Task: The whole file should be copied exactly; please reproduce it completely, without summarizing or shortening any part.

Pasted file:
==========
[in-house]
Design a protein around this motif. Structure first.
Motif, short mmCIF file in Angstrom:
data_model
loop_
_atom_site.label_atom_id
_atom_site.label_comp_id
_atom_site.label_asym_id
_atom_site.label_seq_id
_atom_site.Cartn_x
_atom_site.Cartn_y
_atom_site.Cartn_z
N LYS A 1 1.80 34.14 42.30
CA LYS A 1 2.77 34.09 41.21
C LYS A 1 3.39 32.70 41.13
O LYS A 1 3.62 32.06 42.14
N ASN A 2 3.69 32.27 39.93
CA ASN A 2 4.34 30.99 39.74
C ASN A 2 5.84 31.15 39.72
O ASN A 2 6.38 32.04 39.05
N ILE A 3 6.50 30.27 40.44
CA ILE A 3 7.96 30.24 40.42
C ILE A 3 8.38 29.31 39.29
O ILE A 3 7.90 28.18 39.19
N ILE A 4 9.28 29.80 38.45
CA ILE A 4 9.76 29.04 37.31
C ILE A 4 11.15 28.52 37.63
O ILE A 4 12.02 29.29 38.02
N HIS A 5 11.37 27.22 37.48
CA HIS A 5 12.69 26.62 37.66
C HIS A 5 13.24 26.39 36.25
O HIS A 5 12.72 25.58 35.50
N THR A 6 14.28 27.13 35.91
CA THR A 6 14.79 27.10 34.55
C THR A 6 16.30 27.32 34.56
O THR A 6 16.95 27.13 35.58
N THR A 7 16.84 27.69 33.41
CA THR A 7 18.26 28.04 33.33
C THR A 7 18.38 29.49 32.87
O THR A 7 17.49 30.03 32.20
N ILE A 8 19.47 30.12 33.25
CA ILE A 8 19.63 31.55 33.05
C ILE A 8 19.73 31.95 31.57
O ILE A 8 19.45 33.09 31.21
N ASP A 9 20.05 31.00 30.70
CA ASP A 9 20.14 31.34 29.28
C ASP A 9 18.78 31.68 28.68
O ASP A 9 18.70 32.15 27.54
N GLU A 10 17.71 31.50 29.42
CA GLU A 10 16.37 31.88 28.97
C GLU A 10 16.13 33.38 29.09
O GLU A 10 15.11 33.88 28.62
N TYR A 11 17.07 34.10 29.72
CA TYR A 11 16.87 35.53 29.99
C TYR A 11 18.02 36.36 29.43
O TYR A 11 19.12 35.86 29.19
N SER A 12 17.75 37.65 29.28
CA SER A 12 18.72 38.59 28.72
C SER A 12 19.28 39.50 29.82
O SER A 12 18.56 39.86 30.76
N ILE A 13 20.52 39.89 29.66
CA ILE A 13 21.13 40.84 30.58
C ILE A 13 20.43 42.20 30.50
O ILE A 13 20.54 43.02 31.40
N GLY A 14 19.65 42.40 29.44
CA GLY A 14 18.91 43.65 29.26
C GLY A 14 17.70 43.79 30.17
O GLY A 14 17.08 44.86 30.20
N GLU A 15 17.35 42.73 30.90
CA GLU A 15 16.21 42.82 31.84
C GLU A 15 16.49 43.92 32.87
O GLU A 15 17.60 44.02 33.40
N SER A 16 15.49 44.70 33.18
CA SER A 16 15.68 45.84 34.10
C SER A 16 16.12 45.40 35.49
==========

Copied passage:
[in-house]
Design a protein around this motif. Structure first.
Motif, short mmCIF file in Angstrom:
data_model
loop_
_atom_site.label_atom_id
_atom_site.label_comp_id
_atom_site.label_asym_id
_atom_site.label_seq_id
_atom_site.Cartn_x
_atom_site.Cartn_y
_atom_site.Cartn_z
N LYS A 1 1.80 34.14 42.30
CA LYS A 1 2.77 34.09 41.21
C LYS A 1 3.39 32.70 41.13
O LYS A 1 3.62 32.06 42.14
N ASN A 2 3.69 32.27 39.93
CA ASN A 2 4.34 30.99 39.74
C ASN A 2 5.84 31.15 39.72
O ASN A 2 6.38 32.04 39.05
N ILE A 3 6.50 30.27 40.44
CA ILE A 3 7.96 30.24 40.42
C ILE A 3 8.38 29.31 39.29
O ILE A 3 7.90 28.18 39.19
N ILE A 4 9.28 29.80 38.45
CA ILE A 4 9.76 29.04 37.31
C ILE A 4 11.15 28.52 37.63
O ILE A 4 12.02 29.29 38.02
N HIS A 5 11.37 27.22 37.48
CA HIS A 5 12.69 26.62 37.66
C HIS A 5 13.24 26.39 36.25
O HIS A 5 12.72 25.58 35.50
N THR A 6 14.28 27.13 35.91
CA THR A 6 14.79 27.10 34.55
C THR A 6 16.30 27.32 34.56
O THR A 6 16.95 27.13 35.58
N THR A 7 16.84 27.69 33.41
CA THR A 7 18.26 28.04 33.33
C THR A 7 18.38 29.49 32.87
O THR A 7 17.49 30.03 32.20
N ILE A 8 19.47 30.12 33.25
CA ILE A 8 19.63 31.55 33.05
C ILE A 8 19.73 31.95 31.57
O ILE A 8 19.45 33.09 31.21
N ASP A 9 20.05 31.00 30.70
CA ASP A 9 20.14 31.34 29.28
C ASP A 9 18.78 31.68 28.68
O ASP A 9 18.70 32.15 27.54
N GLU A 10 17.71 31.50 29.42
CA GLU A 10 16.37 31.88 28.97
C GLU A 10 16.13 33.38 29.09
O GLU A 10 15.11 33.88 28.62
N TYR A 11 17.07 34.10 29.72
CA TYR A 11 16.87 35.53 29.99
C TYR A 11 18.02 36.36 29.43
O TYR A 11 19.12 35.86 29.19
N SER A 12 17.75 37.65 29.28
CA SER A 12 18.72 38.59 28.72
C SER A 12 19.28 39.50 29.82
O SER A 12 18.56 39.86 30.76
N ILE A 13 20.52 39.89 29.66
CA ILE A 13 21.13 40.84 30.58
C ILE A 13 20.43 42.20 30.50
O ILE A 13 20.54 43.02 31.40
N GLY A 14 19.65 42.40 29.44
CA GLY A 14 18.91 43.65 29.26
C GLY A 14 17.70 43.79 30.17
O GLY A 14 17.08 44.86 30.20
N GLU A 15 17.35 42.73 30.90
CA GLU A 15 16.21 42.82 31.84
C GLU A 15 16.49 43.92 32.87
O GLU A 15 17.60 44.02 33.40
N SER A 16 15.49 44.70 33.18
CA SER A 16 15.68 45.84 34.10
C SER A 16 16.12 45.40 35.49